Sue - I guess we don't HAVE to refinance again - but once our home reached the 80% LTV I imagine we could get a much better interest rate, so it's something we would consider doing once that happened. We just don't like paying a lot of interest, we keep our credit cards clean each month and are down to one car payment for another year. Just trying to put us in the best financial position possible.


    Bookmark   February 6, 2008 at 3:53PM
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Why couldnt you get a standard 30 year first, get it to the best possible rate you can and then pay down the 2nd and have them suboridinate the rest of the balance to the first?
You would eliminate PMI have a much smaller 2nd mortgage. Sometimes it is worth it to pay points, if you plan on living in your home for quite awhile. Talk to a broker and have them work up payments on a loan with points and one without.

Good Luck!

    Bookmark   February 6, 2008 at 5:18PM
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I would look some more. We are about to refinance and contacted our mortgage broker from when we bought the house. He is getting us a 5.5% 30yr. with little bit of closing costs that will be factored into the loan(like $300 for the appraisal)and I don't think we have PMI. We are saving several hundred dollars a month with nothing out of pocket. I think you can find a better deal if you contact a broker. I did call around to lenders and did not get this good of a deal from them and some wanted thousands in closing costs.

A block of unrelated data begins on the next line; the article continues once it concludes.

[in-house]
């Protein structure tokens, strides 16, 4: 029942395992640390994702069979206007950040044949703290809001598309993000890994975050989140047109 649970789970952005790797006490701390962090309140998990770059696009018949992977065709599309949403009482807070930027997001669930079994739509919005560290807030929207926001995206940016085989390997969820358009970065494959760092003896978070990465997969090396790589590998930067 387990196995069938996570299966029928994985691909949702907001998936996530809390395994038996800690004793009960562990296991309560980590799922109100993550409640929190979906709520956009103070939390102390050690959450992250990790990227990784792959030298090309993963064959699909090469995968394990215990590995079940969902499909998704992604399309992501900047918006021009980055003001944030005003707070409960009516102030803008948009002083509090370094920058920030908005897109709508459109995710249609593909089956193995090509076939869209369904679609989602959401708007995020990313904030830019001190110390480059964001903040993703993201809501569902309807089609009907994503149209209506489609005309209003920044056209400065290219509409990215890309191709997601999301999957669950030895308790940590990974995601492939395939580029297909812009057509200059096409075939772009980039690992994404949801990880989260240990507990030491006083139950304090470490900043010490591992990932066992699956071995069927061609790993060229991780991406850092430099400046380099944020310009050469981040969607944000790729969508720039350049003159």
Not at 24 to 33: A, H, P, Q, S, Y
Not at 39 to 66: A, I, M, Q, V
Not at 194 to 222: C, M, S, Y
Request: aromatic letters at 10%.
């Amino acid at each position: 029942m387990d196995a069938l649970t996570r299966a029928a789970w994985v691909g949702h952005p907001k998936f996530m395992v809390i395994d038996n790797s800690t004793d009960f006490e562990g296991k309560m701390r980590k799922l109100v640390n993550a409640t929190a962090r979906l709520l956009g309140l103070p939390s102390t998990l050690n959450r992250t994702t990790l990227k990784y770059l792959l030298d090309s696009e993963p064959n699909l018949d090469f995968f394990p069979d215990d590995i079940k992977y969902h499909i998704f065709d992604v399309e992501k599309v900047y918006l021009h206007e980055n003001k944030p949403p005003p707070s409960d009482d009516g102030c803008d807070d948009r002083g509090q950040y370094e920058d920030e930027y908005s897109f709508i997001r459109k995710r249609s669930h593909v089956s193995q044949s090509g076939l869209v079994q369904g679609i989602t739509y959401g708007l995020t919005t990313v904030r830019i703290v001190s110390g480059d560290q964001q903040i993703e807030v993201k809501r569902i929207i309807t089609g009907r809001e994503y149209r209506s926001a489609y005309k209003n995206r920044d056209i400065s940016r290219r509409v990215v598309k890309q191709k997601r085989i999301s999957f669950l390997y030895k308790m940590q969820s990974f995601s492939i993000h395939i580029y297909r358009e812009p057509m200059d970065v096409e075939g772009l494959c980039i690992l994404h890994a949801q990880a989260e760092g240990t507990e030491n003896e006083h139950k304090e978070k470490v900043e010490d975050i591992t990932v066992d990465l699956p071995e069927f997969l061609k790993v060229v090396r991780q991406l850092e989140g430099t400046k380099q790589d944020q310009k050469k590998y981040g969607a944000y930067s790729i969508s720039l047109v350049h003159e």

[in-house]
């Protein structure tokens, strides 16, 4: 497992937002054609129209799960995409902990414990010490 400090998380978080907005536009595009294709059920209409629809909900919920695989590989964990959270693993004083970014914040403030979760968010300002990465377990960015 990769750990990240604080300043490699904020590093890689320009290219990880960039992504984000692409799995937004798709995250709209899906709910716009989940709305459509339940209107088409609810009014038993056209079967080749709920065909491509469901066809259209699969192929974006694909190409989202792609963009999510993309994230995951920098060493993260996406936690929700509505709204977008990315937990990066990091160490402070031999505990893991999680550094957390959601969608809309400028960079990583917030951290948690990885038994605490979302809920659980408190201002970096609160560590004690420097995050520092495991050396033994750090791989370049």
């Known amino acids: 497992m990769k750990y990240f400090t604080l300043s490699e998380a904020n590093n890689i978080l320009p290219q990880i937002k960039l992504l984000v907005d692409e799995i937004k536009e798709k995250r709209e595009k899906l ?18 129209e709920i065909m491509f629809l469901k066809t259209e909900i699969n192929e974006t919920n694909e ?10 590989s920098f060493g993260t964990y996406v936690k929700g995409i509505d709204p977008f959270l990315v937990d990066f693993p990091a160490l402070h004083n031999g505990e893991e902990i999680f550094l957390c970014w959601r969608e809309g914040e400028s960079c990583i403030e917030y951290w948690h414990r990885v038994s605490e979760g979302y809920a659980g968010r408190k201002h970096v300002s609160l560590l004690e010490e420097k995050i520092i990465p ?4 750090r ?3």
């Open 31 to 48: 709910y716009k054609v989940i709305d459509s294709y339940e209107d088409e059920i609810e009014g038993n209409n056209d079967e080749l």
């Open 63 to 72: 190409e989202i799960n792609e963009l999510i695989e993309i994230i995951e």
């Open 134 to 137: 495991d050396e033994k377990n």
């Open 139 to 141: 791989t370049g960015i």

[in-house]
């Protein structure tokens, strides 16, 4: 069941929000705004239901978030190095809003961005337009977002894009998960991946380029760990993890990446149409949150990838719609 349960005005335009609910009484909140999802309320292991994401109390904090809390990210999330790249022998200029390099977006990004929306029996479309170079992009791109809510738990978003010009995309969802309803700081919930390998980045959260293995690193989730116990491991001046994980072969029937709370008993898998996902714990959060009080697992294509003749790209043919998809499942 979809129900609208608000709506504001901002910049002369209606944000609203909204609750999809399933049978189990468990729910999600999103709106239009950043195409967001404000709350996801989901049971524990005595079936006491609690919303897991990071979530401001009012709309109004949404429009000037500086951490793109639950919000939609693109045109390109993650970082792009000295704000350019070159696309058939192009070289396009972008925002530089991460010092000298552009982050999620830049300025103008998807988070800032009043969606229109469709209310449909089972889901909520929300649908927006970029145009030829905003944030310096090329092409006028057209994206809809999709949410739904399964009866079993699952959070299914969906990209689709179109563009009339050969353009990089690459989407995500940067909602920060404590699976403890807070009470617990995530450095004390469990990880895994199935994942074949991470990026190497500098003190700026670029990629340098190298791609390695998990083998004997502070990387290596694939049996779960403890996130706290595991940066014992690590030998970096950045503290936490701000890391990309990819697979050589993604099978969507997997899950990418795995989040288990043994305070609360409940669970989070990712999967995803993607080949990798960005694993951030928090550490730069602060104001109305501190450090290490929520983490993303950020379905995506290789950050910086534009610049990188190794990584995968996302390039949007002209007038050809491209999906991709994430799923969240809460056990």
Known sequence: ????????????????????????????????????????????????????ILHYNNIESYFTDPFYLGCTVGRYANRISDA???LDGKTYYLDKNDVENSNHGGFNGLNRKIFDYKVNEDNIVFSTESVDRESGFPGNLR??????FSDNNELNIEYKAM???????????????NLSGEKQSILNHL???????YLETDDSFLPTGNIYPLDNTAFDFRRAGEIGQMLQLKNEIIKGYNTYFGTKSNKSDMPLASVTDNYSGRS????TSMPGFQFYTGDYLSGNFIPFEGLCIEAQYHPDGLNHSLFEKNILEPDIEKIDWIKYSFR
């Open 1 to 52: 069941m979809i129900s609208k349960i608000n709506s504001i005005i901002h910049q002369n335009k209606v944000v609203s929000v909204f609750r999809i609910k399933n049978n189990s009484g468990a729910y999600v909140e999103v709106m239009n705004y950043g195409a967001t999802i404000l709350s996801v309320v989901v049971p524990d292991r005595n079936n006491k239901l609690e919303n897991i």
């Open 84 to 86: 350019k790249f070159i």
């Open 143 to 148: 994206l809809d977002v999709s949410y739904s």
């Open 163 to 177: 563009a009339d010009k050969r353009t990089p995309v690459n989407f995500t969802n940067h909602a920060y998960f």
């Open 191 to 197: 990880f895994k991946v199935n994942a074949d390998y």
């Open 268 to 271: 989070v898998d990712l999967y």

Bookmark   February 6, 2008 at 7:52PM
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tishtoshnm Zone 6/NM

Of the options presented I can't tell you which one is best but one thing to consider is that with a refi, the 2nd mortgage will then be spread out over 30 years. I think one excellent idea would be that once the car is paid off, that you really hunker down and try to wipe out the 2nd mortage with extra payments and eliminate it all together. That is the plan in our household.

    Bookmark   February 12, 2008 at 6:31PM
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Hi Bubbamommie,